Now let's move on to the cancel button. When the cancel button is pressed we are going to stop matchmaking and then make the ready button enabled and disable the cancel button and accept matchmaknig result button.



Accept event

Some of you will probably not want to force your players to accept the match, in this case you can run this code on complete, the only requirement will be in GameLift service to check a box (mention in the matchmaking configuration section). But this is the way I set it up for this example.

The first thing that happen is a loop through all the other matched ids of players in the proposed match and then accept the match.


From there, we are going to prepare the game sessions and each player sessions so that all of our matched players can join.


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Then we are going to loop through every current player in your lobby and sync all of the game session and player session information on each owning client so that they can open up the correct level inside of that game session and have their player session accounted for.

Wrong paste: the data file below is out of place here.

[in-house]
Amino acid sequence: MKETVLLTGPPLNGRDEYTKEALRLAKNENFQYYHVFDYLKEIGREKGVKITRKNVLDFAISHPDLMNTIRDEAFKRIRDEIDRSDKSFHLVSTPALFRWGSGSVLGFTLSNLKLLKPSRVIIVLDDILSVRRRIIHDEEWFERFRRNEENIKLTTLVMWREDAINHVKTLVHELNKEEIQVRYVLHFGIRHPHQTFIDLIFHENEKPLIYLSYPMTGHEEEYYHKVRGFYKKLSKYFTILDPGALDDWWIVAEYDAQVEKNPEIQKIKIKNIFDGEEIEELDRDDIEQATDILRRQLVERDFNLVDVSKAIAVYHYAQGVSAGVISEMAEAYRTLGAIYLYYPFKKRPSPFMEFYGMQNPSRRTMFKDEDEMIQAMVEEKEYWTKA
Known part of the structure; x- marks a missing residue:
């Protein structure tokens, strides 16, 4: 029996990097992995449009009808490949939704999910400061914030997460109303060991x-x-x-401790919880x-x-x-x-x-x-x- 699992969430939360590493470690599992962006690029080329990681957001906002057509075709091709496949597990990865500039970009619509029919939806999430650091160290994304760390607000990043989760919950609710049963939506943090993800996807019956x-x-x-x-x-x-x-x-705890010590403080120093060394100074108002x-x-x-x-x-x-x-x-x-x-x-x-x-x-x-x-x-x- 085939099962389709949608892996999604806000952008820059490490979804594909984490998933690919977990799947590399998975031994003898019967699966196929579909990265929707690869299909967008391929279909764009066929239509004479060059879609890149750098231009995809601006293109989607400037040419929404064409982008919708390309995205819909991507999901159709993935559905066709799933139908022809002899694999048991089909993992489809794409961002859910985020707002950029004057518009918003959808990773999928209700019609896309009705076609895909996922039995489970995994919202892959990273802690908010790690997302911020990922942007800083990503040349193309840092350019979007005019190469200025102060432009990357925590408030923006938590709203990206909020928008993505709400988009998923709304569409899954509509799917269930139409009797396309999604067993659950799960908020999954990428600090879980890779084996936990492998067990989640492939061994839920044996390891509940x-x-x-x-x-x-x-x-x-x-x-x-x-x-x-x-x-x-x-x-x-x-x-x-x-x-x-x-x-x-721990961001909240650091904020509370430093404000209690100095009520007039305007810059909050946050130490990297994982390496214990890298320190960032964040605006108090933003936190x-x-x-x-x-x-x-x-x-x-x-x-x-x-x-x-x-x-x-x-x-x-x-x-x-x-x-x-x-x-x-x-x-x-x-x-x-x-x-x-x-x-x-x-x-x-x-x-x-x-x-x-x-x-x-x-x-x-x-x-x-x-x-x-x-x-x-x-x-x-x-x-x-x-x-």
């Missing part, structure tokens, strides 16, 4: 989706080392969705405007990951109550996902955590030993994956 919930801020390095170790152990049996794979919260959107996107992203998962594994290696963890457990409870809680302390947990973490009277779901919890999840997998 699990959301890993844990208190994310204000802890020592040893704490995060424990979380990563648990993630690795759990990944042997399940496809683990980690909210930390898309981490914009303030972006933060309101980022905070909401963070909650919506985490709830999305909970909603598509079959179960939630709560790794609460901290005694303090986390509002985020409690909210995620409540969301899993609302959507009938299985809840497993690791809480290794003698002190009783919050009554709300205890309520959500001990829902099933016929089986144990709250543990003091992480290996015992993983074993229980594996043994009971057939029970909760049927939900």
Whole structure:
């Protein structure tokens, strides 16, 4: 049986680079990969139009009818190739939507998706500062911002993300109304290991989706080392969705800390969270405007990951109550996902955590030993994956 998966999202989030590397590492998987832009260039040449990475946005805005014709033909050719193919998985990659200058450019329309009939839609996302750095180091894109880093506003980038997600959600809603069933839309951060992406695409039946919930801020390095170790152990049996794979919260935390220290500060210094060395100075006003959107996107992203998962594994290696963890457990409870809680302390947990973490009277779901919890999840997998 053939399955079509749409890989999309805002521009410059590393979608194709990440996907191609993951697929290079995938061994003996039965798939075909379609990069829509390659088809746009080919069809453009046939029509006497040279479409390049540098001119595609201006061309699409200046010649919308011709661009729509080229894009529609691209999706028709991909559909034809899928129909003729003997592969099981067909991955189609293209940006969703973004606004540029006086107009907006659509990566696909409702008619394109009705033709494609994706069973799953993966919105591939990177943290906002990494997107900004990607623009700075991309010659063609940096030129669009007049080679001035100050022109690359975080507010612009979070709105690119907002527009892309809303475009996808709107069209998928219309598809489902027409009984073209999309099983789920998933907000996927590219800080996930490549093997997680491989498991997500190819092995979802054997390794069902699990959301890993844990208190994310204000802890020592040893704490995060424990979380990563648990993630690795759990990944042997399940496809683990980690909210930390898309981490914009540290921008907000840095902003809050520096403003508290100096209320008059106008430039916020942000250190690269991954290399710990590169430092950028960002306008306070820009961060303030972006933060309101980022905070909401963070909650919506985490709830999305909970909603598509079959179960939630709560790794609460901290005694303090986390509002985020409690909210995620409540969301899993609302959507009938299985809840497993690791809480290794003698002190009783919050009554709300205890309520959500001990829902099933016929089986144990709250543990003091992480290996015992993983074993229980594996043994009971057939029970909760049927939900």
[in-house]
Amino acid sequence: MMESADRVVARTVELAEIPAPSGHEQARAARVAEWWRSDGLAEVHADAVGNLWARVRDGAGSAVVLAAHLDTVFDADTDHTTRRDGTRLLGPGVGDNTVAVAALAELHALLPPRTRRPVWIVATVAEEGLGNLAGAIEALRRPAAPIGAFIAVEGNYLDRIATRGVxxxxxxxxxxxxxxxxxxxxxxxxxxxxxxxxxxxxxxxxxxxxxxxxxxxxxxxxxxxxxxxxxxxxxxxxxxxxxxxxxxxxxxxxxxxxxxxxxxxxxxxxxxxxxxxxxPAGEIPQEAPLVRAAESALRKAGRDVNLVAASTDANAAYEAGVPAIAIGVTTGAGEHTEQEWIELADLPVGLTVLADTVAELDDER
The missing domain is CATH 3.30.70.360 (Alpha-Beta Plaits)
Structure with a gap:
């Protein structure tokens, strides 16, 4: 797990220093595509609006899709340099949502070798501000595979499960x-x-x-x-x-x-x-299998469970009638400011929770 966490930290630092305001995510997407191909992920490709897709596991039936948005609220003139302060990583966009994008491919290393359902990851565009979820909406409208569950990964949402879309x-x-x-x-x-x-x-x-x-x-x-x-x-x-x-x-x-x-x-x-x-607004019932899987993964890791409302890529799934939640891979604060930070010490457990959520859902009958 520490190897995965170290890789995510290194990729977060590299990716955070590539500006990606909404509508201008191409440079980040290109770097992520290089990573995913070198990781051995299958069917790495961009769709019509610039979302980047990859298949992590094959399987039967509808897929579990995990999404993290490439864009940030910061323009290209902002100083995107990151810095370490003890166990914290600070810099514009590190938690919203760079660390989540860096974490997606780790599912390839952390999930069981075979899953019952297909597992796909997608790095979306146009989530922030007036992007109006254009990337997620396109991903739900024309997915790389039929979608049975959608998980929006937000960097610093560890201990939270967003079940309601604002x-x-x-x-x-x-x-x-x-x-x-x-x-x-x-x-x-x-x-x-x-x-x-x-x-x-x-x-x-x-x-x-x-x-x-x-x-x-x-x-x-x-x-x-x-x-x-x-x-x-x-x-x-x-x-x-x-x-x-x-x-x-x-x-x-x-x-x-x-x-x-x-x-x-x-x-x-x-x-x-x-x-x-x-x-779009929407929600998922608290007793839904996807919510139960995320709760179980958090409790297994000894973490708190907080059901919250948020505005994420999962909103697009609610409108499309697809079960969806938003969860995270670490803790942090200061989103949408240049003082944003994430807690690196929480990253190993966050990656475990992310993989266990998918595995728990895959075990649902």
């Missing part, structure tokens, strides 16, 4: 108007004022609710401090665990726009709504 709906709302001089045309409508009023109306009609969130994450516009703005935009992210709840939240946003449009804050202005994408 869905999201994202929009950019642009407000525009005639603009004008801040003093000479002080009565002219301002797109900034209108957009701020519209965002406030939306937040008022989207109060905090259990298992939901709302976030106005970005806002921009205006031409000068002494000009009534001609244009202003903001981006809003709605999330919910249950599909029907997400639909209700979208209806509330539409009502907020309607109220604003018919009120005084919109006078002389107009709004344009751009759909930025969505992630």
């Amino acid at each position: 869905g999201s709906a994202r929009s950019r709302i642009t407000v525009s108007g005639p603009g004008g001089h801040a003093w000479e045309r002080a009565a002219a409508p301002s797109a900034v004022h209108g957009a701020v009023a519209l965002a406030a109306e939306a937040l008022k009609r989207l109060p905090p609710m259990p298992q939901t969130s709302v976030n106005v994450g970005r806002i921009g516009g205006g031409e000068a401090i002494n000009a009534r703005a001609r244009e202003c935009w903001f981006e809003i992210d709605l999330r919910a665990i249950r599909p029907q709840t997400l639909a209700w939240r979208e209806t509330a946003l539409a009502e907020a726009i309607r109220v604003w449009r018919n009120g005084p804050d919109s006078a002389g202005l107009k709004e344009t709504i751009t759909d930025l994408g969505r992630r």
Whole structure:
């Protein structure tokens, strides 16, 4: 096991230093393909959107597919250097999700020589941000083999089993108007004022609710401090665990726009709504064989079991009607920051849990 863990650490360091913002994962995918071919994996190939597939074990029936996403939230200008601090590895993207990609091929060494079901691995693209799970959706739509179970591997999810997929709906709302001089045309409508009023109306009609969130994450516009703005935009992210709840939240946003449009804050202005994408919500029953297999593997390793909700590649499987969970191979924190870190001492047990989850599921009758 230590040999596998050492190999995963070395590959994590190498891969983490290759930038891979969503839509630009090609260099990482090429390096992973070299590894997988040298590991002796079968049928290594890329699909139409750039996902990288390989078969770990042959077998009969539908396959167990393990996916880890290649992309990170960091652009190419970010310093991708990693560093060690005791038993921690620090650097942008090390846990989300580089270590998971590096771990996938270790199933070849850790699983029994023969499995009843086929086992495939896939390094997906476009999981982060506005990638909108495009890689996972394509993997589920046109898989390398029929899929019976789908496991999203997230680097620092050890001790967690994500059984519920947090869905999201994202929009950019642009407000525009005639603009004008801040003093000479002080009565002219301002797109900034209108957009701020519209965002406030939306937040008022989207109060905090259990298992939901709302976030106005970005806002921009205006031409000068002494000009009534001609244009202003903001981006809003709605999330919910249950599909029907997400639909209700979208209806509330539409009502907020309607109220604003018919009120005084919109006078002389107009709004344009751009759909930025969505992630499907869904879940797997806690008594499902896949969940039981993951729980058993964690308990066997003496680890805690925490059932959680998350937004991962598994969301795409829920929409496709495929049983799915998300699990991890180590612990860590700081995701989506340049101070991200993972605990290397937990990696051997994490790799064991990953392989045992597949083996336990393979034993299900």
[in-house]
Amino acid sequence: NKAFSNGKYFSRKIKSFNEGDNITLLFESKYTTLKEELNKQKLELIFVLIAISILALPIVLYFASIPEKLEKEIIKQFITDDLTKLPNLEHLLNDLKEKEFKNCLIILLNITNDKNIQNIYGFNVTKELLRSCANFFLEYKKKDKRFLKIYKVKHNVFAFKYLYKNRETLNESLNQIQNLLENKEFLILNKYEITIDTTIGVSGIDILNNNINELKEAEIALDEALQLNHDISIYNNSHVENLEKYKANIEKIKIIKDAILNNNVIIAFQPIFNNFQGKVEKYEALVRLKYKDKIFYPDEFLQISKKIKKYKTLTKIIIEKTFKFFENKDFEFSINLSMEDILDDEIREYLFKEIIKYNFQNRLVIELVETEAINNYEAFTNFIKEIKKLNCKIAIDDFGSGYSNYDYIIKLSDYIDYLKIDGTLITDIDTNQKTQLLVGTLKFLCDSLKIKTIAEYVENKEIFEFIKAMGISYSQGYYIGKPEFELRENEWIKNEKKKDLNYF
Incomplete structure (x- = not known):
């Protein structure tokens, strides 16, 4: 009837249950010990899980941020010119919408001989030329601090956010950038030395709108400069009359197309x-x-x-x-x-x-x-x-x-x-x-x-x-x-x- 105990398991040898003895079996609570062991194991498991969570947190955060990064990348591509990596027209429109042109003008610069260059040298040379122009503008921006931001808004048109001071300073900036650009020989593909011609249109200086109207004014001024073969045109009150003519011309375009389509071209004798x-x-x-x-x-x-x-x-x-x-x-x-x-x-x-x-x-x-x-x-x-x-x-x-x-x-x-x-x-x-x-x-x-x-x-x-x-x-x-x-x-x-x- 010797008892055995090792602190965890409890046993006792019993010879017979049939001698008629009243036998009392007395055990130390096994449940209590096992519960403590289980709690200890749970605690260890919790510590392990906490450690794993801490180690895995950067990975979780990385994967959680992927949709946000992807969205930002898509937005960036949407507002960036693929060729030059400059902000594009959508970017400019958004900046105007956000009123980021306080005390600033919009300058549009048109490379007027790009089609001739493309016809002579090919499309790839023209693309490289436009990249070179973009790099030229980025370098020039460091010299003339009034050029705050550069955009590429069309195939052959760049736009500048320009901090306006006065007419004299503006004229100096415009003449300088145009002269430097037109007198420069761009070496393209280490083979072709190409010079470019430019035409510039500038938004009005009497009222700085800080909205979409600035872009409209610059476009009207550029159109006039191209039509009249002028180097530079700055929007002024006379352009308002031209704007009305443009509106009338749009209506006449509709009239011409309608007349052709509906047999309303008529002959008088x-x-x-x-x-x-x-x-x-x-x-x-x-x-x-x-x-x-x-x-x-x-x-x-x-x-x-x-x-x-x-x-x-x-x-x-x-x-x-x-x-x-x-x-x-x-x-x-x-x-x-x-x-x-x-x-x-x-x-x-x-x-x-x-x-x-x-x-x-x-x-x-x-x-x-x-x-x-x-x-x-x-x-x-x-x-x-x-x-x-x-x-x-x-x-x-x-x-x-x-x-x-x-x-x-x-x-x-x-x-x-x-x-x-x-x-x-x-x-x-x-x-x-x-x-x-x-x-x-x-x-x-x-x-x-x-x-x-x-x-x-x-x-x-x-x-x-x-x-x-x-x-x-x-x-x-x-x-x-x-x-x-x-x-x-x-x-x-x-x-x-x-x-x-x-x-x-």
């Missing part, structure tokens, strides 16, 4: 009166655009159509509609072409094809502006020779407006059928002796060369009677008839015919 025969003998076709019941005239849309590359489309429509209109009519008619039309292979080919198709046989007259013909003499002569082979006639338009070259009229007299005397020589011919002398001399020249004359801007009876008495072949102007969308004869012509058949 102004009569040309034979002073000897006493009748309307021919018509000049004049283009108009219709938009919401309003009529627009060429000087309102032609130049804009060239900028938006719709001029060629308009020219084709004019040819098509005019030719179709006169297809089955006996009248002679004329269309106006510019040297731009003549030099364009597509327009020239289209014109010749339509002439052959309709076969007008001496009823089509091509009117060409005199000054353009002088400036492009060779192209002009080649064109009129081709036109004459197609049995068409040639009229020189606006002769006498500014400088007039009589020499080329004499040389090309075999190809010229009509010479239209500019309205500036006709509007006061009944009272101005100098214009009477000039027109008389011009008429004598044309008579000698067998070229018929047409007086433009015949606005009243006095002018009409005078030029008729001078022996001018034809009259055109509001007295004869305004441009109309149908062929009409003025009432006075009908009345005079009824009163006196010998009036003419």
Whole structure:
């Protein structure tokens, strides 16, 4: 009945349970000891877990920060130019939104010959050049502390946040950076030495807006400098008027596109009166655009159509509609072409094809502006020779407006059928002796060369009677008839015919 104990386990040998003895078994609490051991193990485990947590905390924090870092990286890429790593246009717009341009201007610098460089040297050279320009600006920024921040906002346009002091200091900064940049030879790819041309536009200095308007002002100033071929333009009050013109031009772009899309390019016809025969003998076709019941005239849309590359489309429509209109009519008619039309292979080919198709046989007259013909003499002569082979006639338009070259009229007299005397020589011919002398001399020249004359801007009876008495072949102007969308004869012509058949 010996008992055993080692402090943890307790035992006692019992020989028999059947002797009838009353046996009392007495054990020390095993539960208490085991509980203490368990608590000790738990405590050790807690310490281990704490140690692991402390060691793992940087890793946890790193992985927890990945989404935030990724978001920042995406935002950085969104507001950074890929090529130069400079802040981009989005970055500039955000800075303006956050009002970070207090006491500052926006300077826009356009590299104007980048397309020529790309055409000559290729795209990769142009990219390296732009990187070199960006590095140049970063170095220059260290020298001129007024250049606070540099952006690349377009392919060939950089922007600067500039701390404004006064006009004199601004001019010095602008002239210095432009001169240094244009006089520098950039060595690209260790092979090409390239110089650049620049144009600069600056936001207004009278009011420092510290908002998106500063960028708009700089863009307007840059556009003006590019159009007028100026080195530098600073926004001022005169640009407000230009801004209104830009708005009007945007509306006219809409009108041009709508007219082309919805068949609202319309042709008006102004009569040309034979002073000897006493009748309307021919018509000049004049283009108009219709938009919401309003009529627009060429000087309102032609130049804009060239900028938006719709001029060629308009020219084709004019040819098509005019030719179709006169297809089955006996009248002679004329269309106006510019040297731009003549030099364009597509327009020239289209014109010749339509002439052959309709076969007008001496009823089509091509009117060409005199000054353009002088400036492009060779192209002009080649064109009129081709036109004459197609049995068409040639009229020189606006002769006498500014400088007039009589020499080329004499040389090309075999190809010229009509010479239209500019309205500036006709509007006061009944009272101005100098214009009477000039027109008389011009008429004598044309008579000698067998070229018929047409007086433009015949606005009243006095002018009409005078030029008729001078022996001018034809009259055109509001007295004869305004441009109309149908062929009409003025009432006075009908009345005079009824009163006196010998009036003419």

Here you can see the prerequisites before we join the level.


This completes the setup for the matchamking UI in this example project.

Setup Lobby Character

The first thing we will do is make sure the player is not the server and that they're controller is equal to their player controller.


From there we are going to replicate our event player latencies to every other player inside of a lobby, this way each player will have access to each others player latencies which will help us with finding a match for this group of players. We will also go ahead and make sure we have a reference of our game instance.